Friday, October 31, 2014
A clip from Crowd Control, a new National Geographic channel show, puts innovative thinking to work solving problems. This clip highlights a novel idea to trick New Yorkers into taking the stairs instead of an escalator. Notice that no one knows they are exercising or doing “the right thing” – they are just having fun. This clip addresses the problem of stopping people from illegally parking in disabled spaces. Crowd Control is the latest project of Daniel Pink, author of Drive – one of my favorite books.
Thursday, October 30, 2014
November 12th Trinity College will host a day-long conference on The Contraception Mandate – Religious Liberty & Health Care. Marc D. Stern, General Counsel for the American Jewish Committee and Member of the Bar of the U.S. Supreme Court, will be the keynote speaker. After lunch, three breakout sessions on related topics—Religiously Affiliated Organizations and Health Care, Legal Issues Pertaining to Women's Health Care, and Connecticut Regulations and the Contraceptive Mandate—will be held. The conference is free, but registration is required for lunch.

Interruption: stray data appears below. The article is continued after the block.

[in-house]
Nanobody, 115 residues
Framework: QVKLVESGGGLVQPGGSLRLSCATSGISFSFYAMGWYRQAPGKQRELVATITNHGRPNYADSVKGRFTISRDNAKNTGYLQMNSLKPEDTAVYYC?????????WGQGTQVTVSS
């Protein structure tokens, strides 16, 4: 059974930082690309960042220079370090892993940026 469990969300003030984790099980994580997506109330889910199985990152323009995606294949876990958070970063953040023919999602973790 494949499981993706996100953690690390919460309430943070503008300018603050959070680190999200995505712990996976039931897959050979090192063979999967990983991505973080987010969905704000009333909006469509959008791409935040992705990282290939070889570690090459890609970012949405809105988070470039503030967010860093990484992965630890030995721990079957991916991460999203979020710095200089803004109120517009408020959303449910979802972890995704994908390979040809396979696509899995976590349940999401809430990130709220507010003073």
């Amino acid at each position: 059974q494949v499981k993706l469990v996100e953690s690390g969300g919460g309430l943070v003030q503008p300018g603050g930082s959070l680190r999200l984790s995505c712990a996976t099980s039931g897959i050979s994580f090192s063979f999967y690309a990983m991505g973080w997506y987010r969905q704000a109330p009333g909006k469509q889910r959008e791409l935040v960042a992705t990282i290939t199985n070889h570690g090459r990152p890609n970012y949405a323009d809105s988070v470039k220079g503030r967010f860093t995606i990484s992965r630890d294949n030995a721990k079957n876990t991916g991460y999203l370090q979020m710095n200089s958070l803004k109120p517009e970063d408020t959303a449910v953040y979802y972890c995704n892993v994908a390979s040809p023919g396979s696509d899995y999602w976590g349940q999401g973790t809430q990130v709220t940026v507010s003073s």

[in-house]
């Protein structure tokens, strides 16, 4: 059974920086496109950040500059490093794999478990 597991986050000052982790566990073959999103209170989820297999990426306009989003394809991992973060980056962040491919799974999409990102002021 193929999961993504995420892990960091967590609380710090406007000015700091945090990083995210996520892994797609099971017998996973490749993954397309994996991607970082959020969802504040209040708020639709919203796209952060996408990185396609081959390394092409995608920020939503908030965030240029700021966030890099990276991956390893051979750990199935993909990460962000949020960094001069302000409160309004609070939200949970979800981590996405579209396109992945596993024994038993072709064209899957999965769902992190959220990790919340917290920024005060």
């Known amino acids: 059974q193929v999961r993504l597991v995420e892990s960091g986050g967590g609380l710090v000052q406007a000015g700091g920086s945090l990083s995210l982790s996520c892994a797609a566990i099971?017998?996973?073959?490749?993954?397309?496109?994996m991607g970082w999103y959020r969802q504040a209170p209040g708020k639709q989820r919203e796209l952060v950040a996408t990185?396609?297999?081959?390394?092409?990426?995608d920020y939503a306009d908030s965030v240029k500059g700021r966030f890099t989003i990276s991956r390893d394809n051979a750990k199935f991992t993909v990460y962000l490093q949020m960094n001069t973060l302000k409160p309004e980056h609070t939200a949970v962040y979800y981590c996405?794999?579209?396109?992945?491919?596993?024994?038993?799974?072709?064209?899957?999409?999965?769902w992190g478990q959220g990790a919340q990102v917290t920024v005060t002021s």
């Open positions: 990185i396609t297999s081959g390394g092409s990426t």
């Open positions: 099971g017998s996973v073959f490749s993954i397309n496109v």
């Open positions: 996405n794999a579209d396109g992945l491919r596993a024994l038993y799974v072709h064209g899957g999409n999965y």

Wednesday, October 29, 2014
A study by Health Pocket averaging unsubsidized insurance premiums both on and off the exchange found that for 23 year olds, CT’s average premiums this year were the 11th highest among states, 12% higher than the US average. For 30 year olds, CT also ranks 11th highest with premiums 13% higher than the US average, and 8th highest for 63 year olds at 16% higher than the US average. Between 2013 and 2014 monthly premiums, averaged on and off exchanges rose for both men and women and all ages studied, but increases were not the same. American men age 30 experienced 78.2% average increases, but premiums for American men age 63 rose only 22.7% on average. The ACA limited the difference in premiums charged by age effective this year. The difference in premiums between CT residents age 23 and age 63 changed from 300% in 2013 to 195% this year. Federal subsidies, available only to insurance purchased in the exchange, limit monthly insurance premiums for people with qualifying incomes.
Friday, October 24, 2014
Join Bob Berenson, MD of the Urban Institute for a CTHPP webinar November 18th at 1pm as he explains health care payment reform options. Dr. Berenson has long health policy experience, both inside and outside government. He served as Director of Medicare Payment Policy at CMS. His work focuses on quality measurement/improvement and Medicare shared savings. In the webinar Dr. Berenson will focus particularly on shared savings models as CT is considering for both the Medicaid/Medicare health neighborhood pilots and the much more ambitious SIM plan. Click here to register for the Nov. 18th webinar.
Wednesday, October 22, 2014